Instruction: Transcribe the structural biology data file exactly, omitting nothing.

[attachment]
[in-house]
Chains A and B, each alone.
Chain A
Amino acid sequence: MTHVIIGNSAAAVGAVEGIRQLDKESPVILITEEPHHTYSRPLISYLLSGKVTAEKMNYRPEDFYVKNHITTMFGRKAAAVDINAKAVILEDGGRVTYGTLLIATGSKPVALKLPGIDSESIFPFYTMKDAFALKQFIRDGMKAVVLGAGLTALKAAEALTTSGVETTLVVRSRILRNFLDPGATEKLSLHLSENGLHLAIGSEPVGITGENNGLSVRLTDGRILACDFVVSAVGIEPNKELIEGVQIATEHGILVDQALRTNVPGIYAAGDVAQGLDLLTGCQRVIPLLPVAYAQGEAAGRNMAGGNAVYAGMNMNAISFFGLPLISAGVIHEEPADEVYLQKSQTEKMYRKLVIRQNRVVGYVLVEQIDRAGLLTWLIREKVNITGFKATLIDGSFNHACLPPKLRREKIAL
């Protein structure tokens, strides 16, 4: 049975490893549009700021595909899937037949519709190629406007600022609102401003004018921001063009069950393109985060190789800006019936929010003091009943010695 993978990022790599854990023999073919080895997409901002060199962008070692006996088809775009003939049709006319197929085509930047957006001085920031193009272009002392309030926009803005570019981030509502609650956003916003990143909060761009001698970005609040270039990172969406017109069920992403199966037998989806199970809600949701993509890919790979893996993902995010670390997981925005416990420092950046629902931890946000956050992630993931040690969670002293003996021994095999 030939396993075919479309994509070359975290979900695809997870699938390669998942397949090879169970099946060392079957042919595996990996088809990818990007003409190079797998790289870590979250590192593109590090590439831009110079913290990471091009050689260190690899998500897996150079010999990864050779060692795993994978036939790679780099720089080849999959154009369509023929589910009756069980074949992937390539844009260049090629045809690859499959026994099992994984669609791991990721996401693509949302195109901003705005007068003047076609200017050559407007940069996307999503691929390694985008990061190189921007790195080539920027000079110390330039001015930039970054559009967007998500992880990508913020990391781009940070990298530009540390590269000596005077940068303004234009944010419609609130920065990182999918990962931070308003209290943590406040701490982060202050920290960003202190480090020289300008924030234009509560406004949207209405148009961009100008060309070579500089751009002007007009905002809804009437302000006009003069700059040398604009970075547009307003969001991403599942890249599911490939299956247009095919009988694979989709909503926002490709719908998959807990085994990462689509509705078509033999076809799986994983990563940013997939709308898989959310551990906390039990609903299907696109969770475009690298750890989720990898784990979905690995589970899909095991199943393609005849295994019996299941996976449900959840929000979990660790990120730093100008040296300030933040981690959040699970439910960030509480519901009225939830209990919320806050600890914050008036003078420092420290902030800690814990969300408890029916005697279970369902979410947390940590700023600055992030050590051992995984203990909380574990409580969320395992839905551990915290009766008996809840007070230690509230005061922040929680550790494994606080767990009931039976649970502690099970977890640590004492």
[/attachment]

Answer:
[in-house]
Chains A and B, each alone.
Chain A
Amino acid sequence: MTHVIIGNSAAAVGAVEGIRQLDKESPVILITEEPHHTYSRPLISYLLSGKVTAEKMNYRPEDFYVKNHITTMFGRKAAAVDINAKAVILEDGGRVTYGTLLIATGSKPVALKLPGIDSESIFPFYTMKDAFALKQFIRDGMKAVVLGAGLTALKAAEALTTSGVETTLVVRSRILRNFLDPGATEKLSLHLSENGLHLAIGSEPVGITGENNGLSVRLTDGRILACDFVVSAVGIEPNKELIEGVQIATEHGILVDQALRTNVPGIYAAGDVAQGLDLLTGCQRVIPLLPVAYAQGEAAGRNMAGGNAVYAGMNMNAISFFGLPLISAGVIHEEPADEVYLQKSQTEKMYRKLVIRQNRVVGYVLVEQIDRAGLLTWLIREKVNITGFKATLIDGSFNHACLPPKLRREKIAL
């Protein structure tokens, strides 16, 4: 049975490893549009700021595909899937037949519709190629406007600022609102401003004018921001063009069950393109985060190789800006019936929010003091009943010695 993978990022790599854990023999073919080895997409901002060199962008070692006996088809775009003939049709006319197929085509930047957006001085920031193009272009002392309030926009803005570019981030509502609650956003916003990143909060761009001698970005609040270039990172969406017109069920992403199966037998989806199970809600949701993509890919790979893996993902995010670390997981925005416990420092950046629902931890946000956050992630993931040690969670002293003996021994095999 030939396993075919479309994509070359975290979900695809997870699938390669998942397949090879169970099946060392079957042919595996990996088809990818990007003409190079797998790289870590979250590192593109590090590439831009110079913290990471091009050689260190690899998500897996150079010999990864050779060692795993994978036939790679780099720089080849999959154009369509023929589910009756069980074949992937390539844009260049090629045809690859499959026994099992994984669609791991990721996401693509949302195109901003705005007068003047076609200017050559407007940069996307999503691929390694985008990061190189921007790195080539920027000079110390330039001015930039970054559009967007998500992880990508913020990391781009940070990298530009540390590269000596005077940068303004234009944010419609609130920065990182999918990962931070308003209290943590406040701490982060202050920290960003202190480090020289300008924030234009509560406004949207209405148009961009100008060309070579500089751009002007007009905002809804009437302000006009003069700059040398604009970075547009307003969001991403599942890249599911490939299956247009095919009988694979989709909503926002490709719908998959807990085994990462689509509705078509033999076809799986994983990563940013997939709308898989959310551990906390039990609903299907696109969770475009690298750890989720990898784990979905690995589970899909095991199943393609005849295994019996299941996976449900959840929000979990660790990120730093100008040296300030933040981690959040699970439910960030509480519901009225939830209990919320806050600890914050008036003078420092420290902030800690814990969300408890029916005697279970369902979410947390940590700023600055992030050590051992995984203990909380574990409580969320395992839905551990915290009766008996809840007070230690509230005061922040929680550790494994606080767990009931039976649970502690099970977890640590004492």